|US9493768||May 18, 2015||Nov 15, 2016||The Scripps Research Institute||Translational enhancer-element dependent vector systems|
|US9518103||Jun 17, 2015||Dec 13, 2016||President And Fellows Of Harvard College||Optogenetic probes for measuring membrane potential|
|US9534252||Sep 14, 2012||Jan 3, 2017||Life Technologies Corporation||Nucleic acid molecules containing recombination sites and methods of using the same|
|US9593340||Oct 2, 2008||Mar 14, 2017||Admedus Vaccines Pty Ltd.||Expression system for modulating an immune response|
|US20040048784 *||Jul 10, 2003||Mar 11, 2004||Keener William K.||Selective destruction of cells infected with human immunodeficiency virus|
|US20040082001 *||Nov 12, 2003||Apr 29, 2004||Lynx Therapeutics, Inc.||Method and compositions for ordering restriction fragments|
|US20050042673 *||Oct 8, 2004||Feb 24, 2005||Lynx Therapeutics, Inc.||Method and compositions for ordering restriction fragments|
|US20050059065 *||Sep 2, 2004||Mar 17, 2005||Sydney Brenner||Multiplexed analytical platform|
|US20060166334 *||Dec 21, 2005||Jul 27, 2006||Genecopoeia, Inc.||Method and compositions for rapidly modifying clones|
|US20080102466 *||Oct 25, 2007||May 1, 2008||Macevicz Stephen C||Method of generating nested sets of double stranded dna circles|
|US20080151249 *||Oct 22, 2007||Jun 26, 2008||California Institute Of Technology||High efficiency coupling optics for pumping and detection of fluorescence|
|US20100136548 *||Sep 11, 2009||Jun 3, 2010||Illuminia, Inc.||Methods and compositions for ordering restriction fragments|
|US20110020374 *||Oct 2, 2008||Jan 27, 2011||The University Of Queensland||Expression system for modulating an immune response|
|USRE39821||Sep 23, 2005||Sep 4, 2007||Intermune, Inc.||Manufacture and expression of large structural genes|
|USRE43097||May 18, 2010||Jan 10, 2012||Illumina, Inc.||Massively parallel signature sequencing by ligation of encoded adaptors|
|DE3505287A1 *||Feb 15, 1985||Sep 5, 1985||Orion Yhtymae Oy||Verbesserte nucleinsaeure-reagenzien, verfahren zu ihrer herstellung und ihre verwendung|
|EP0106170A2||Sep 15, 1983||Apr 25, 1984||Amgen Inc.||Avian growth hormone|
|EP0319759A2 *||Nov 21, 1988||Jun 14, 1989||Abbott Laboratories||Method for mutagenesis by oligonucleotide-directed repair of a strand break|
|EP0319759A3 *||Nov 21, 1988||May 23, 1990||Abbott Laboratories||Method for mutagenesis by oligonucleotide-directed repair of a strand break|
|EP2083089A1||Oct 22, 2004||Jul 29, 2009||Illumigen Biosciences, Inc.||Detection of mutations in a gene associated with resistance to viral infection, oas1|
|EP2258870A2||Jun 9, 2006||Dec 8, 2010||Praecis Pharmaceuticals Inc.||Method for identifying compounds which bind to biological target molecule|
|EP2267154A1||Oct 22, 2004||Dec 29, 2010||Illumigen Biosciences, Inc.||Oligoadenylate synthetase|
|EP2305798A2||Oct 22, 2004||Apr 6, 2011||Illumigen Biosciences, Inc.||Detection of mutations in a gene associated with resistance to viral infection, OAS1|
|EP2311786A2||Jun 9, 2006||Apr 20, 2011||Praecis Pharmaceuticals Inc.||Methods for synthesis of encoded libraries|
|EP2338990A2||Jun 9, 2006||Jun 29, 2011||Praecis Pharmaceuticals Inc.||Methods for synthesis of encoded libraries|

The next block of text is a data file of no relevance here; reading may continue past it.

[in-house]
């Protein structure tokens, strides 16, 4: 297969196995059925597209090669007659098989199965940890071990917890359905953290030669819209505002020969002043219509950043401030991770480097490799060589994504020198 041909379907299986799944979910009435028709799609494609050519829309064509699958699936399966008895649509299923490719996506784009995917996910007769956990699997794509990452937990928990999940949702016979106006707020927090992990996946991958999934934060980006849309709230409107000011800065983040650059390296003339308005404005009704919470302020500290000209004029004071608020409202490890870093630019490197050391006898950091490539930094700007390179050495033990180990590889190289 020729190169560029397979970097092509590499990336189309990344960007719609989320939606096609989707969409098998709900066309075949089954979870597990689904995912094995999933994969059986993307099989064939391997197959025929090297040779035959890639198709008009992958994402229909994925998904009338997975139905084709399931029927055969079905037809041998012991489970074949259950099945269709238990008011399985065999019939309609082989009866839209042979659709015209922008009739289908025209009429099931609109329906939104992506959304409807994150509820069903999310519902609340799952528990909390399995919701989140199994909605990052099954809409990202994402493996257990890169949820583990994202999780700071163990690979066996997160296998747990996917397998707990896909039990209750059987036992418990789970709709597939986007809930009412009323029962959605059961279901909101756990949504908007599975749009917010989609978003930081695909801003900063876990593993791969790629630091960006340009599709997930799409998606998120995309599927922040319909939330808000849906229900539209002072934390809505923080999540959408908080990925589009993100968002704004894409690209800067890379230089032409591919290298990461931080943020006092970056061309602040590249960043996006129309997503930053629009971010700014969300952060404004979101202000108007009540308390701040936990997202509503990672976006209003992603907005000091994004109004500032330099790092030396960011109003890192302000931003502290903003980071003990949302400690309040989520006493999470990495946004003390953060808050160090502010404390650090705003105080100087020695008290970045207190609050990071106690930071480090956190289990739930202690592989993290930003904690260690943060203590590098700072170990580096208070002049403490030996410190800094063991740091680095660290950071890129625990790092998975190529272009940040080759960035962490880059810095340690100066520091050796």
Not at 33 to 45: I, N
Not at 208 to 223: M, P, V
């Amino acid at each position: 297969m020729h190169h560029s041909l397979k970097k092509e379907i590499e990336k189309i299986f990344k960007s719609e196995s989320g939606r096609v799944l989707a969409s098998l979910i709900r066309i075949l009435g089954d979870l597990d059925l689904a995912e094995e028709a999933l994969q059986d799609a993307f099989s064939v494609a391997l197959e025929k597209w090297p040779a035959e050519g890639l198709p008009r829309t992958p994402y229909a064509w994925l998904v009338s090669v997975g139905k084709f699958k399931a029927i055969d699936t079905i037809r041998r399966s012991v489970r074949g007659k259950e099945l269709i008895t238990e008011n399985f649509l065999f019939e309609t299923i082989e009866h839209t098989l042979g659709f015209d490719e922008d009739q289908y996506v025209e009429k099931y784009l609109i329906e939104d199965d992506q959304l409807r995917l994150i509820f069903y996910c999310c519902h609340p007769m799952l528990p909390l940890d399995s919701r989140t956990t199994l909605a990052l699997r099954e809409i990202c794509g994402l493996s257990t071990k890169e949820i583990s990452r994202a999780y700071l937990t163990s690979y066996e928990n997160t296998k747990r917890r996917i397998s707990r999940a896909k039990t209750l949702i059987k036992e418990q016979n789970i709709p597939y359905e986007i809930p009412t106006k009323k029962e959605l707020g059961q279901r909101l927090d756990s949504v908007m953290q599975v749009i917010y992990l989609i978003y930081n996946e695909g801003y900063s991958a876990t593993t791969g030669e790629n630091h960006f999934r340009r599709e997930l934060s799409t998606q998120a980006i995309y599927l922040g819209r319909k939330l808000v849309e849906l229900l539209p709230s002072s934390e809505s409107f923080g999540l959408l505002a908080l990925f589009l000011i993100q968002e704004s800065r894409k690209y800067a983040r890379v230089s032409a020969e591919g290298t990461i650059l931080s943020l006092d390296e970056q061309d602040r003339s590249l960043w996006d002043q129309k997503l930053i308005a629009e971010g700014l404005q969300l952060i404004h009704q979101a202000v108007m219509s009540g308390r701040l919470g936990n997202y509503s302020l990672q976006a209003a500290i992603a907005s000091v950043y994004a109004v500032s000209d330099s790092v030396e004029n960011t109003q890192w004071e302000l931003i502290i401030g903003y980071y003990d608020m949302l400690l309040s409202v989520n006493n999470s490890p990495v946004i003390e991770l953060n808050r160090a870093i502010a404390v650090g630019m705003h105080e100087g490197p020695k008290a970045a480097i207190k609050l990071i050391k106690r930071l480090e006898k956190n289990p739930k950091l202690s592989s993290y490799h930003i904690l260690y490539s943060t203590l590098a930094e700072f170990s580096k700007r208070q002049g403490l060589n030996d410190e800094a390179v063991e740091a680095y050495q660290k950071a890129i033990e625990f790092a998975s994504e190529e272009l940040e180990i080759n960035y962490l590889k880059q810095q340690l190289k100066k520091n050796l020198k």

|EP2366705A1||Dec 17, 2004||Sep 21, 2011||Praecis Pharmaceuticals Incorporated||Methods for synthesis of encoded libraries|
|EP2368868A1||Oct 23, 2006||Sep 28, 2011||Praecis Pharmaceuticals Inc.||Methods for identifying compounds of interest using encoded libraries|
|EP2479254A1||Aug 23, 2006||Jul 25, 2012||The Scripps Research Institute||Translation enhancer-element dependent vector systems|
|EP2484687A2||Aug 9, 2004||Aug 8, 2012||Life Technologies Corporation||Methods and compositions for seamless cloning of nucleic acid molecules|
|WO1983003413A1 *||Mar 31, 1983||Oct 13, 1983||Genetics Inst||Creation of dna sequences encoding modified proinsulin precursors|
|WO1983004029A1 *||Apr 15, 1983||Nov 24, 1983||Applied Molecular Genetics, Inc.||The manufacture and expression of structural genes|
|WO1983004053A1 *||Apr 25, 1983||Nov 24, 1983||Applied Molecular Genetics, Inc.||The manufacture and expression of large structural genes|
|WO1985000817A1 *||Aug 9, 1984||Feb 28, 1985||Amgen||Microbial expression of interleukin ii|
|WO1985004663A1 *||Apr 6, 1984||Oct 24, 1985||Life Technologies Inc.||Method of detecting nucleic acid sequences|
|WO1989009780A1 *||Apr 12, 1989||Oct 19, 1989||Chemical Industry Institute Of Toxicology||Site-specific tritium-labeled oligodeoxynucleotides|
|WO2002083181A1||Apr 18, 2002||Oct 24, 2002||The University Of Queensland||Novel compositions and uses therefor|
|WO2005014796A2||Aug 9, 2004||Feb 17, 2005||Invitrogen Corporation||Methods and compositions for seamless cloning of nucleic acid molecules|
|WO2007025008A2||Aug 23, 2006||Mar 1, 2007||The Scripps Research Institute||Translation enhancer-element dependent vector systems|
|WO2007053358A2||Oct 23, 2006||May 10, 2007||Praecis Pharmaceuticals, Inc.||Methods for identifying compounds of interest using encoded libraries|
|WO2012027358A1||Aug 23, 2011||Mar 1, 2012||President And Fellows Of Harvard College||Optogenetic probes for measuring membrane potential|
|WO2013078347A2||Nov 21, 2012||May 30, 2013||President And Fellows Of Harvard College||Systems and methods for imaging at high spatial and/or temporal precision|
|U.S. Classification||435/91.1, 435/69.1, 435/91.41, 435/820, 435/91.53|
|Cooperative Classification||C12N15/10, Y10S435/82|
|Sep 25, 1992||AS||Assignment|
Owner name: CETUS ONCOLOGY CORPORATION
Free format text: CHANGE OF NAME;ASSIGNOR:CETUS CORPORATION;REEL/FRAME:006268/0881
Effective date: 19920304
|Oct 31, 1996||AS||Assignment|
Owner name: CHIRON CORPORATION, CALIFORNIA
Free format text: MERGER;ASSIGNOR:CETUS ONCOLOGYCORPORATION (FORMERLY CETUS CORPORATION);REEL/FRAME:008209/0087
Effective date: 19960325